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I am currently trying the following example

#include <16F877A.h>
#use delay(clock=20000000)
#use rs232(baud=9600, xmit=PIN_C6, rcv=PIN_C7)

void TimerOverflow() 
    printf("Timer Overflowed\r\n");

void main() 
   long time;
   setup_timer_1(T1_INTERNAL | T1_DIV_BY_1);

   set_timer1(8000); //count till 8000 then overflow
   time = get_timer1();


However the interrupt function is supposed to be called after ever (almost) 8 seconds but its being called as if the delay was 0 seconds. What am i doing wrong here?

share|improve this question
Try to force the interrupt flag to be cleared. After banging my head several times on the wall I have learned that I cannot trust 100% on compilers :-) – Bruno Ferreira Sep 3 '12 at 14:30
I added some detail to my answer, how you get your actual 8 seconds delay. Hope it helps. – PetPaulsen Sep 3 '12 at 14:58
up vote 5 down vote accepted

I think you missunderstood the timer-funtions. According to your comment you are assuming, that set_timer1 will set the value the timer counts to. But what realy happens is, that you set timer1 to the value 8000. The timer interrupt is triggered everytime the timer overflows. Because timer1 is a 16 bit timer this happens when the counter reaches 65535. So the first time the timer counts from 8000 to 65535, triggers the interrupt, resets the counter to 0 and counts again to 65535, triggers the interupt, and so on.

Let \$f\$ be the clock frequency, then is the time interval \$T\$ your interrupt is triggered: $$ T = \frac{4\cdot2^{16}}{f} $$ So for a 1Mhz clock frequency your interrupt is triggered every 262ms, for a 20Mhz it is triggered every 13ms.

What you need to do to get a bigger delay is to increase a software-counter in your interrupt routine. But with your 20Mhz clock you are getting these odd 13ms. What you need to get a nice number like 10ms is to count to 50000 (rearrange the formula from above). So what you can do is initialize the timer not to 0 but to \$2^{16} - 50000 = 15536\$ (this time with the set_timer1-function). The last thing is to increase the mentioned software-counter everytime your interrupt triggers. When your variable hold a value of 8000 you know, that 8s elapsed.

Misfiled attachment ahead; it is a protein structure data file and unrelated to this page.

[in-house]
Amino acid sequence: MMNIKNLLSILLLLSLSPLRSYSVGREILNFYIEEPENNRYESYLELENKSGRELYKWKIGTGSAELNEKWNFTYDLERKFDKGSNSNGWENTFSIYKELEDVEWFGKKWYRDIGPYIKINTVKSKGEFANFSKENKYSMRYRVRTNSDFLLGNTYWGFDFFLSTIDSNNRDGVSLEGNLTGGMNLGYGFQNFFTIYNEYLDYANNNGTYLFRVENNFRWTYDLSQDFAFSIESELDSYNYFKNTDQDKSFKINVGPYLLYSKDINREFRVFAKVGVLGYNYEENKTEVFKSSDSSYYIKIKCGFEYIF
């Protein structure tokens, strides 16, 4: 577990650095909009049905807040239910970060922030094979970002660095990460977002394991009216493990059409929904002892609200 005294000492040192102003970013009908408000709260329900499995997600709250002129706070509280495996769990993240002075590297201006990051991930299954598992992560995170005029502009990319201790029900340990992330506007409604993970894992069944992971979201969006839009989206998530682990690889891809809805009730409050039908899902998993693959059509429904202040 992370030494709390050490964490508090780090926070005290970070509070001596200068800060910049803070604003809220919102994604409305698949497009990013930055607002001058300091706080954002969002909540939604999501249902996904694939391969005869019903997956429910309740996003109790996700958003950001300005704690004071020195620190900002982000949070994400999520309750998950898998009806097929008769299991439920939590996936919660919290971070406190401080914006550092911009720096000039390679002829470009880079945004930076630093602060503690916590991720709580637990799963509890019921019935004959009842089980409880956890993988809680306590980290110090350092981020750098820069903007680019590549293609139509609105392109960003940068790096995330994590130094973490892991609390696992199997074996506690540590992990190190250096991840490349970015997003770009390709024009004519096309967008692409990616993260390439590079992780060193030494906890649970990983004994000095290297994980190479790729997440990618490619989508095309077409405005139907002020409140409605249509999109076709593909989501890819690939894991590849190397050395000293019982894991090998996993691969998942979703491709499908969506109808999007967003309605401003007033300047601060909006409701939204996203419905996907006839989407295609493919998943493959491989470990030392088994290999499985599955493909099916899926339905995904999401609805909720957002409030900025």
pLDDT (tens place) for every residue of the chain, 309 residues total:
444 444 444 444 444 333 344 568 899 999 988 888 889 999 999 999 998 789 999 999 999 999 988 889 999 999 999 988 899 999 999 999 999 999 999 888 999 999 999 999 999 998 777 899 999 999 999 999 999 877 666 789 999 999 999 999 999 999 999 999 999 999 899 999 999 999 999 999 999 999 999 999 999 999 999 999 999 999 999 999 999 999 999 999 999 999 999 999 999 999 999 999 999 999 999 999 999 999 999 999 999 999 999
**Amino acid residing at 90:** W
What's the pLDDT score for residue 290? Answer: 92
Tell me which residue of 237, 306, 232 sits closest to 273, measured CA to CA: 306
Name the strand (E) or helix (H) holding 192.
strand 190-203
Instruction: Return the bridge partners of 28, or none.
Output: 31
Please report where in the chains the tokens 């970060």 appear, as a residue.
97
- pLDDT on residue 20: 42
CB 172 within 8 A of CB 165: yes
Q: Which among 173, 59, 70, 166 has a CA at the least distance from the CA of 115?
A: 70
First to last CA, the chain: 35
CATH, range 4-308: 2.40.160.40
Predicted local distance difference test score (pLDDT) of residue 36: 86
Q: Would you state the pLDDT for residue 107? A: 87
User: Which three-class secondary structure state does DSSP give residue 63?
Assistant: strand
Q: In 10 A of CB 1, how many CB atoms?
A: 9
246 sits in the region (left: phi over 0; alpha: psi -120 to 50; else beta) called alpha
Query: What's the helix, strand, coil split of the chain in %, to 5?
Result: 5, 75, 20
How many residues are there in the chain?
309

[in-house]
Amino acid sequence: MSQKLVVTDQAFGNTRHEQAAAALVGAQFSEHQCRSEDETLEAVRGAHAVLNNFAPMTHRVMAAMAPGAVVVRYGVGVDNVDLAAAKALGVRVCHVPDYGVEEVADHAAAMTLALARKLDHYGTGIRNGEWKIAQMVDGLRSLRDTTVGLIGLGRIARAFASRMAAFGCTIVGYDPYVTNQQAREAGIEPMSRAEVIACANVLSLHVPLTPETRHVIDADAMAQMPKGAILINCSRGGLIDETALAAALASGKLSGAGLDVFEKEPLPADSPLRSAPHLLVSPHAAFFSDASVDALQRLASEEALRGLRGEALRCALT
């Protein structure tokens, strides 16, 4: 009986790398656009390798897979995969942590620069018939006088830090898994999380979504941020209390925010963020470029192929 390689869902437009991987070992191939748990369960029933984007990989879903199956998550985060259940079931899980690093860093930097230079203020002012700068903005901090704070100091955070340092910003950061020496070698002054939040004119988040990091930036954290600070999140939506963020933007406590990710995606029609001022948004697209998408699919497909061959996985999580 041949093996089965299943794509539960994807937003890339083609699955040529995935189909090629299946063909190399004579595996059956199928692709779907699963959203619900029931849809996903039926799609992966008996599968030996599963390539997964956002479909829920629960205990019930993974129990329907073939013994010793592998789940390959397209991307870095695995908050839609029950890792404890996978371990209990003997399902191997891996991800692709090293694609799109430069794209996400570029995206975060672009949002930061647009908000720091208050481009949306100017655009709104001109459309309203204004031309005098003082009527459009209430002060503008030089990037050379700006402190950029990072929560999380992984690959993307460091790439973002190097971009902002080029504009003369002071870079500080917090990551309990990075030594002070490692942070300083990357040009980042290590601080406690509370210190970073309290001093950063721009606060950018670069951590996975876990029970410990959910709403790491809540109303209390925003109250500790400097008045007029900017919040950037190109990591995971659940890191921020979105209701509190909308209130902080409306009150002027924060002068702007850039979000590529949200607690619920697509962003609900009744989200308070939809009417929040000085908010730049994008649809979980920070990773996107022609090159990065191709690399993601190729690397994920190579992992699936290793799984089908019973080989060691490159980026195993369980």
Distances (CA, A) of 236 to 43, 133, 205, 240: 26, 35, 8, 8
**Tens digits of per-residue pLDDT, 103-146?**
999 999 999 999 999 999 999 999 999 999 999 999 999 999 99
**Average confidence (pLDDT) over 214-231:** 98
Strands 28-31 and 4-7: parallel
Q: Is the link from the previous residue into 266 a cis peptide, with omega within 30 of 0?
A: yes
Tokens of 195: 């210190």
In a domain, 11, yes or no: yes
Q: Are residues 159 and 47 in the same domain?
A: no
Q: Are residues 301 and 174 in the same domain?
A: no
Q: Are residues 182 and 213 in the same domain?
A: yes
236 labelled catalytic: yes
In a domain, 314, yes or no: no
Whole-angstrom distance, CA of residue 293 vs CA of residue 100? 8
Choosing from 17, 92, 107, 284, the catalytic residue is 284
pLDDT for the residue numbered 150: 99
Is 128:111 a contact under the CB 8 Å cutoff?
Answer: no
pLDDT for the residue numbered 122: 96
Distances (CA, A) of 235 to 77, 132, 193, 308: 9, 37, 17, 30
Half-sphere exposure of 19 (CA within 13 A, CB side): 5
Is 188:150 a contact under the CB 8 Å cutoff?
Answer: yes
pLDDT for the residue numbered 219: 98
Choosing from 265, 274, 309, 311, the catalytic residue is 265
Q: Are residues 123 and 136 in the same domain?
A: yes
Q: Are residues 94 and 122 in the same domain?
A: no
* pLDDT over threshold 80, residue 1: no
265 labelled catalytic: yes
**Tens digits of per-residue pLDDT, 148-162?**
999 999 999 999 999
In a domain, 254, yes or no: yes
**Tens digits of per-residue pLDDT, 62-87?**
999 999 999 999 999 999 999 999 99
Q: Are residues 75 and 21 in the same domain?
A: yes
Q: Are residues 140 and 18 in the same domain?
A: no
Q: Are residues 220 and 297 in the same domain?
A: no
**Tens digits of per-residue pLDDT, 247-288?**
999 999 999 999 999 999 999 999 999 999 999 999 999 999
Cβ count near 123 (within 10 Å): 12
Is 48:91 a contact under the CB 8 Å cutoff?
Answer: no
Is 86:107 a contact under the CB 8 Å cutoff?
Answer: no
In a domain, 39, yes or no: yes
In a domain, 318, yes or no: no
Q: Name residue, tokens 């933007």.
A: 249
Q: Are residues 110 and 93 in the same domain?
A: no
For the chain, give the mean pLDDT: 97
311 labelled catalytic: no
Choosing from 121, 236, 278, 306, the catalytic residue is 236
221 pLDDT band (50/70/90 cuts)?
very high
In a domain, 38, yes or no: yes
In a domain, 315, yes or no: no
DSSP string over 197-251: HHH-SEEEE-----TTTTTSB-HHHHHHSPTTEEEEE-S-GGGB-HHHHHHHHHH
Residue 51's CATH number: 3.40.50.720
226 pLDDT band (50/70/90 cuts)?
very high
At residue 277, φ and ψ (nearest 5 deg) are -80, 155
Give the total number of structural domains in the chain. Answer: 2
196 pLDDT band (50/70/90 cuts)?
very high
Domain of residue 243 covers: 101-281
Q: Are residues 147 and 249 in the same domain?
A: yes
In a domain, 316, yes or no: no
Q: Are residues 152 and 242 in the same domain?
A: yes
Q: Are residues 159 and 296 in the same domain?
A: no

You should read the datasheet for the pic, especially chapter 6 'Timer1 Module', to get a better understanding what is happening and how to use your pic microcontroller.

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This is by far the best post I have read that's short and laconic. Thank you this definitely helped – MistyD Sep 3 '12 at 15:08
By the way you stated "So for a 1Mhz clock frequency your interrupt is triggered every 265ms" I assume ms here is milliseconds right ? – MistyD Sep 3 '12 at 15:10
@MistyD - Yes ms is milliseconds. I'm glad I could help. – PetPaulsen Sep 3 '12 at 15:13
You stated "So for a 1Mhz clock frequency your interrupt is triggered every 265ms" I guess you meant 262.144 Milliseconds right ? Since $${\frac{4\times 2^{16}}{1}=262,144}~Microseconds $$ so $$\frac{262144}{1000}=262.144~Milliseconds$$ Am I correct ? – MistyD Sep 3 '12 at 15:20
@MistyD - Whoops, your right. I corrected it in the answer. – PetPaulsen Sep 3 '12 at 15:26

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